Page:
Responses to Cabinets of Curiosity
I feel like honoring the humans in these collections: Petrus Gonsalvus, doubly monstrous because he was wolf-like and a dwarf, a Canarian item in Margaret of Parma’s cabinet in Antwerp; the family of spotted albinos in the Portuguese court from Pernambuco. There is the moving letter of Isidoro Martín y Morales addressed to Charles III and Charles IV, respectively, now at the Archive of the Indies (AGI, México, 3143). Born with a legless torso, Isidoro first begs the king to be compassionate and send him money. Years later a desperate Isidoro volunteers to go to Madrid to enhance the cabinet of curiosities. Somehow Mexico, Brazil, and Tenerife became suppliers of men and things for the Wunderkammer. Worth remembering in this age of virtual cabinets.
This featuring of human beings is an aspect of early modern curiosity cabinets that I neglected to mention, and it is surely the most unsettling and saddening aspect of the phenomenon. Below is a portrait of Petrus Gonsalvus, the Canary Islander born with hypertrichosis (hirsutism) who was traded between various European royal houses as a curiosity. The preserved remains of “monstrous” or otherwise unusual humans also featured prominently in these displays—in fact, the library of St. Johns College at Oxford University apparently possessed the tattooed skin of Giolo, a Filipino man kidnapped by the privateer William Dampier until the early 20th century. A macabre and sad reminder that curiosity cabinets came from the age of slavery as well as the era of Rembrandt and Vermeer. And also, I think, another link with the present—contemporary readers of the Internet, after all, love the “monstrous” at least as much as Europeans of the Baroque era did.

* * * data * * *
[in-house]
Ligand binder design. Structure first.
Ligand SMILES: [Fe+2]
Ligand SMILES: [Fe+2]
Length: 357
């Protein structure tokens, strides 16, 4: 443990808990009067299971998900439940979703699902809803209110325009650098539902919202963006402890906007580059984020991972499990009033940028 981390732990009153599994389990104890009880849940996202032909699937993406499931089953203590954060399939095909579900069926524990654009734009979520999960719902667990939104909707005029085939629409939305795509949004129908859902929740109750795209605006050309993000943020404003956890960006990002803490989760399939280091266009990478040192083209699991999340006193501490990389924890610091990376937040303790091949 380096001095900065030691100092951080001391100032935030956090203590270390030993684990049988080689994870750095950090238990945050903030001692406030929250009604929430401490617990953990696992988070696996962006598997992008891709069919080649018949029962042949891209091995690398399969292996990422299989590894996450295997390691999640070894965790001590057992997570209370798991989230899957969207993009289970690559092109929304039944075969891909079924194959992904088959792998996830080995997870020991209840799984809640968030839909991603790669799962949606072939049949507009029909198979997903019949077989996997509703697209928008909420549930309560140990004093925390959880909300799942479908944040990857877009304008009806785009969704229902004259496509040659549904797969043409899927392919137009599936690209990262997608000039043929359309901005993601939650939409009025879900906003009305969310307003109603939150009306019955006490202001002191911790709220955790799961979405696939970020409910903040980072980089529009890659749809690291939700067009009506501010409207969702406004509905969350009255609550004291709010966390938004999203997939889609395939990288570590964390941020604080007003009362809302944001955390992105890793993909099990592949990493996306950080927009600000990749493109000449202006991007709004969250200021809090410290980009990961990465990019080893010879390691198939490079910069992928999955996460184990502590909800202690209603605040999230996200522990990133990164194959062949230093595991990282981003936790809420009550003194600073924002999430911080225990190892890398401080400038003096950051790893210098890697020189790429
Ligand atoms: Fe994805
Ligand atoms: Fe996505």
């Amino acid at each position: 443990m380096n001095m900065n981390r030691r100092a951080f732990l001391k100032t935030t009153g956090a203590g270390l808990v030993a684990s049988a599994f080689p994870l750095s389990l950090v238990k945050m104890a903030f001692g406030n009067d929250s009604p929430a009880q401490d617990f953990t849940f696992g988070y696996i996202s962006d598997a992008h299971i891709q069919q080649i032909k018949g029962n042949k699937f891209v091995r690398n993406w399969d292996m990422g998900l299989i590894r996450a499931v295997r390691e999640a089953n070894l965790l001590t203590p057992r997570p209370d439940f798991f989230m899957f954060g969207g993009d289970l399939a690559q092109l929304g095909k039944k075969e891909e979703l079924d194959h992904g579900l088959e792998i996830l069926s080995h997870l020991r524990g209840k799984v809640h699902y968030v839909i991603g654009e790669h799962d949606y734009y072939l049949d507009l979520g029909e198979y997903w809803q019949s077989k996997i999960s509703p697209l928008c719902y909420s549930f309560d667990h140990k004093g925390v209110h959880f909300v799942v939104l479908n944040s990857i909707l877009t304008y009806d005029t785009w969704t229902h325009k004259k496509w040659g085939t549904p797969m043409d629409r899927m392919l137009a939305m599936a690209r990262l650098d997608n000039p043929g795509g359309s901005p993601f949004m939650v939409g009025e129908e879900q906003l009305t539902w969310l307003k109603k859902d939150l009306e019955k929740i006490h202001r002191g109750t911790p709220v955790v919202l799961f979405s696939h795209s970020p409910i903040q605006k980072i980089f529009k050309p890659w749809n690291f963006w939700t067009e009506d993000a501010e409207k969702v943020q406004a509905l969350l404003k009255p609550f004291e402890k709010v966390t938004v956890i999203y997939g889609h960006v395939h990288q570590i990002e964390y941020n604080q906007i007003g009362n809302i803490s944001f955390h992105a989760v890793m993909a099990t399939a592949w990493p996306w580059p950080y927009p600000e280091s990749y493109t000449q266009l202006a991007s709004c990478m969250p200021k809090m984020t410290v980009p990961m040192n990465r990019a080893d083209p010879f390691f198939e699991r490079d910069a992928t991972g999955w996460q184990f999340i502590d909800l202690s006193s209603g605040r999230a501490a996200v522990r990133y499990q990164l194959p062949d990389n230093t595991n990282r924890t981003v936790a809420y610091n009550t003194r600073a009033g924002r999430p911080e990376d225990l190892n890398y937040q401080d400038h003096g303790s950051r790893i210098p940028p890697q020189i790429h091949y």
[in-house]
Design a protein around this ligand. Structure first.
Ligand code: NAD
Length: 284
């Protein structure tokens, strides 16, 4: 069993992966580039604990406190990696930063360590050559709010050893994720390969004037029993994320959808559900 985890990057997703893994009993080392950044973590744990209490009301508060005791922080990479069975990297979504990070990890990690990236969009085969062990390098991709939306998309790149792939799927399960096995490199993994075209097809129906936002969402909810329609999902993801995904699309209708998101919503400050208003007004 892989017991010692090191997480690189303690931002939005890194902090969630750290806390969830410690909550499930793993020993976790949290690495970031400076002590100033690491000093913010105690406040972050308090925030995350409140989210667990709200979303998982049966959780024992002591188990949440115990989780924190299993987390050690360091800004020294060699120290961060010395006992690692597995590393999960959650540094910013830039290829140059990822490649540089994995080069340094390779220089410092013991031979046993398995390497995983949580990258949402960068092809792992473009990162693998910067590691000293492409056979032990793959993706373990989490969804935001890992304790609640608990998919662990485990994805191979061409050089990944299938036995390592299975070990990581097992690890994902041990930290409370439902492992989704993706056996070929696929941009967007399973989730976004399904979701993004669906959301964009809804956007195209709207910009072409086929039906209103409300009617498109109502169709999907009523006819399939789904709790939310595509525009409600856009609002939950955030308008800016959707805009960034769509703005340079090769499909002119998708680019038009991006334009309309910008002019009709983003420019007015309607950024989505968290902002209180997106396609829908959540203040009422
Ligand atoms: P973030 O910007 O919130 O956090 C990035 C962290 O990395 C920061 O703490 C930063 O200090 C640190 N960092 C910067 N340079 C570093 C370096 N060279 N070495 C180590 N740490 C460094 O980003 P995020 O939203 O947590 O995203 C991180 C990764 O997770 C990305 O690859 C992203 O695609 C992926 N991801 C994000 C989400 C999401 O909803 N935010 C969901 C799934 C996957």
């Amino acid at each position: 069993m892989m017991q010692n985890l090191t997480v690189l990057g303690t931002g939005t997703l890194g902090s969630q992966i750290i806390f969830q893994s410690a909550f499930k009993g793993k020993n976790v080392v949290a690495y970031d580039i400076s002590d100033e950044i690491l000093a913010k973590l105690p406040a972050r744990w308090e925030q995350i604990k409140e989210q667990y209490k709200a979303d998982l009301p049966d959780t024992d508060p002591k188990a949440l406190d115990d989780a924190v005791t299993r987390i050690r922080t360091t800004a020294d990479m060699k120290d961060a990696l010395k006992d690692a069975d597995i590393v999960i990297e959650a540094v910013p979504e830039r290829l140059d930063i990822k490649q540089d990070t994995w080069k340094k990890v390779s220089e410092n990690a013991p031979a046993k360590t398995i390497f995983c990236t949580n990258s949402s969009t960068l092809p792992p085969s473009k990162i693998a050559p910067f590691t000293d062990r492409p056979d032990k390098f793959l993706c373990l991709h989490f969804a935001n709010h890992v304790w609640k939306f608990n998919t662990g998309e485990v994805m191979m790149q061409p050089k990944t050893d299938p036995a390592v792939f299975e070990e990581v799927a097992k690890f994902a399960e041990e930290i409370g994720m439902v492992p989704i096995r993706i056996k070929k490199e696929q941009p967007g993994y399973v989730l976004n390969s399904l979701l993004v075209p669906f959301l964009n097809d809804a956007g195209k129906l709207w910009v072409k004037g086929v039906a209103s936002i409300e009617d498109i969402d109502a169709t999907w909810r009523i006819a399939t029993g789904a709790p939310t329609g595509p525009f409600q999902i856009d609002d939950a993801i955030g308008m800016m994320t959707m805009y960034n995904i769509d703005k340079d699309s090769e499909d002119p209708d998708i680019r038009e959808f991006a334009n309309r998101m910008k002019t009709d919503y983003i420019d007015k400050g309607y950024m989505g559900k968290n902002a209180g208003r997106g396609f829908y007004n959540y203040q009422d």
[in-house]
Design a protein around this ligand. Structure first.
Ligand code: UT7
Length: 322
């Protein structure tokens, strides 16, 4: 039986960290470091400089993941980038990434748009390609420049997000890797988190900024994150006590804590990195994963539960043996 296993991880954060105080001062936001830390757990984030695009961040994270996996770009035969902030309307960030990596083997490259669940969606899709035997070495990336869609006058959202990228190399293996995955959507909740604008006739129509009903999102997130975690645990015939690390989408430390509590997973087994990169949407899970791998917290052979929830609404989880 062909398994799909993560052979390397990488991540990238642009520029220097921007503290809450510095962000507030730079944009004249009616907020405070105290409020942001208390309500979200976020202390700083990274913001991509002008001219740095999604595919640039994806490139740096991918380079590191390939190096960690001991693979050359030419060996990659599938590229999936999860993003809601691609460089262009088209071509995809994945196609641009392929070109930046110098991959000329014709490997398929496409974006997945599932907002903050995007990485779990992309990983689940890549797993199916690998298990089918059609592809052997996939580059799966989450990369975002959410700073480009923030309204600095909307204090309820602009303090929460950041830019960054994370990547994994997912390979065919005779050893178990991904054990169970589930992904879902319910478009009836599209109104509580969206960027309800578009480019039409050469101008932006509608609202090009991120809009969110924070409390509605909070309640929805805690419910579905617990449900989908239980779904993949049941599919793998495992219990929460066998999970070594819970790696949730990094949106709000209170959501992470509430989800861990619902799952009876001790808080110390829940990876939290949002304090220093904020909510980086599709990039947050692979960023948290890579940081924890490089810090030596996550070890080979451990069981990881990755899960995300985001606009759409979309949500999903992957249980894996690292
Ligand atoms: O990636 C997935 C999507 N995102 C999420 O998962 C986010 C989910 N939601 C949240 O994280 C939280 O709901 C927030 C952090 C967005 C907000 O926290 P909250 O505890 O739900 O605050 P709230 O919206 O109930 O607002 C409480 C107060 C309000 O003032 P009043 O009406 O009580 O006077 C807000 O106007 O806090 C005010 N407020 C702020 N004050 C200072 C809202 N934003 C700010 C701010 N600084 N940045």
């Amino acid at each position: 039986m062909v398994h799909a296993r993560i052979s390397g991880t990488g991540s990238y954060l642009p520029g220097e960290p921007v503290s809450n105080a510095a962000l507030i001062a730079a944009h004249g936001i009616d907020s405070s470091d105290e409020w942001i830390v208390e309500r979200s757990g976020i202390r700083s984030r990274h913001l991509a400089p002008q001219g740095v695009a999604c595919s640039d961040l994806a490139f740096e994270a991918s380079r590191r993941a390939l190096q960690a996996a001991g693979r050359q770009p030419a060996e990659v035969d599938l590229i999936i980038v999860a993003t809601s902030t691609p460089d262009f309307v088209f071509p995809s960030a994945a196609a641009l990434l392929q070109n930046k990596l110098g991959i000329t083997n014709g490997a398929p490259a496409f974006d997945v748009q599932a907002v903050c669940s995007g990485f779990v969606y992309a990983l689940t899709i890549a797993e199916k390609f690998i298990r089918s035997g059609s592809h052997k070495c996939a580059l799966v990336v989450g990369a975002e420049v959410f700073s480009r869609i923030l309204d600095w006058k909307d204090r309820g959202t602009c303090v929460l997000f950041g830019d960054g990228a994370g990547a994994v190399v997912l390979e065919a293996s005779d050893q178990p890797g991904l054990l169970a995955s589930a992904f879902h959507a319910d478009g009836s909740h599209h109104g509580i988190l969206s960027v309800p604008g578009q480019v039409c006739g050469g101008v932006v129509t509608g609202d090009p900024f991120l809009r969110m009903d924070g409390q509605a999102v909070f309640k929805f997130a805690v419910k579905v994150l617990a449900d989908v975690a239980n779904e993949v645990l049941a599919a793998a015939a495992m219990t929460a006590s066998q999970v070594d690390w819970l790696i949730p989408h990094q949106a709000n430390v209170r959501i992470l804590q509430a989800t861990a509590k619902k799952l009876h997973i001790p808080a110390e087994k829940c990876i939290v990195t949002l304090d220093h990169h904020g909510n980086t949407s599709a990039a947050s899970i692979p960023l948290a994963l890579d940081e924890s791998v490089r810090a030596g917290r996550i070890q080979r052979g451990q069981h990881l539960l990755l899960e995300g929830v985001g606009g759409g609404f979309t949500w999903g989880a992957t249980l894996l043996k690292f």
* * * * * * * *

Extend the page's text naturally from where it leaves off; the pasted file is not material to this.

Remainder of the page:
Meanwhile, on Twitter, Annalisa, an art history graduate student in Rome, linked me to her wonderfully illustrated blog post on Why a Wunderkammer is Kitsch. Annalisa writes on her curiosity cabinet-inspired site:
It’s a little bit anachronistic to define [as] Kitsch a Wunderkammer, but they share the same accumulation principle. An eclectic space where objects are considered for their singularity, completely disconnected from the context.
Also on Facebook, Lindsey Fitzharris of the Chirurgeon’s Apprentice blog (and research fellow at the University of London) linked to the post, which solicited the following comment. (I’ve cropped it for length—it goes on like this).
The contents of a curiosity cabinet:
1) A cup and saucer made of cherry stones
2) A piece of Queen Catherine’s skin
3) An asbestos handkerchief
4) The Lord’s Prayer written on a silver penny
5) A pair of dice used by the knights’ templar
6) A purse made of spider’s web
7) Consecrated wafers
8 ) A pair of garters from South Carolina
9) A crucifix made by a French prisoner at Winchester, from the bones in his food
10) A very curious young mermaid fish
11) The head of an Egyptian
12 Instruments for scratching the Chinese ladies’ backs
13) Mary Queen of Scots Pin-cushion
14) A necklace of Job’s tears
15) Bones from a spring called Boney Well near Ludlow.
16) The pizzle of a raccoon
17) A statue of Priapus god of Gardens
Although fascinating, this list also demonstrates the pitfalls of a Wunderkammer-like approach to knowledge: because it has been decontextualized and passed around the web “unlabeled,” as it were, I initially had trouble finding out where this list was actually from, or if it indeed was even genuine! After some digging, it seems to be from the Chelsea curiosity cabinet of one Don Saltero (or Salter), an enterprising Londoner circa 1700.
Finally, as Amy Kohout pointed out, I was remiss not to mention the Museum of Jurassic Technology in Los Angeles, a modern-day curiosity cabinet if there ever was one (here’s a link to the book about it). And, closer to (my) home on the east side of Austin, TX, I wanted to mention the Museum of Ephemerata, a charmingly odd-ball Wunderkammer that a husband and wife maintain in the front rooms of their house. Highly recommended!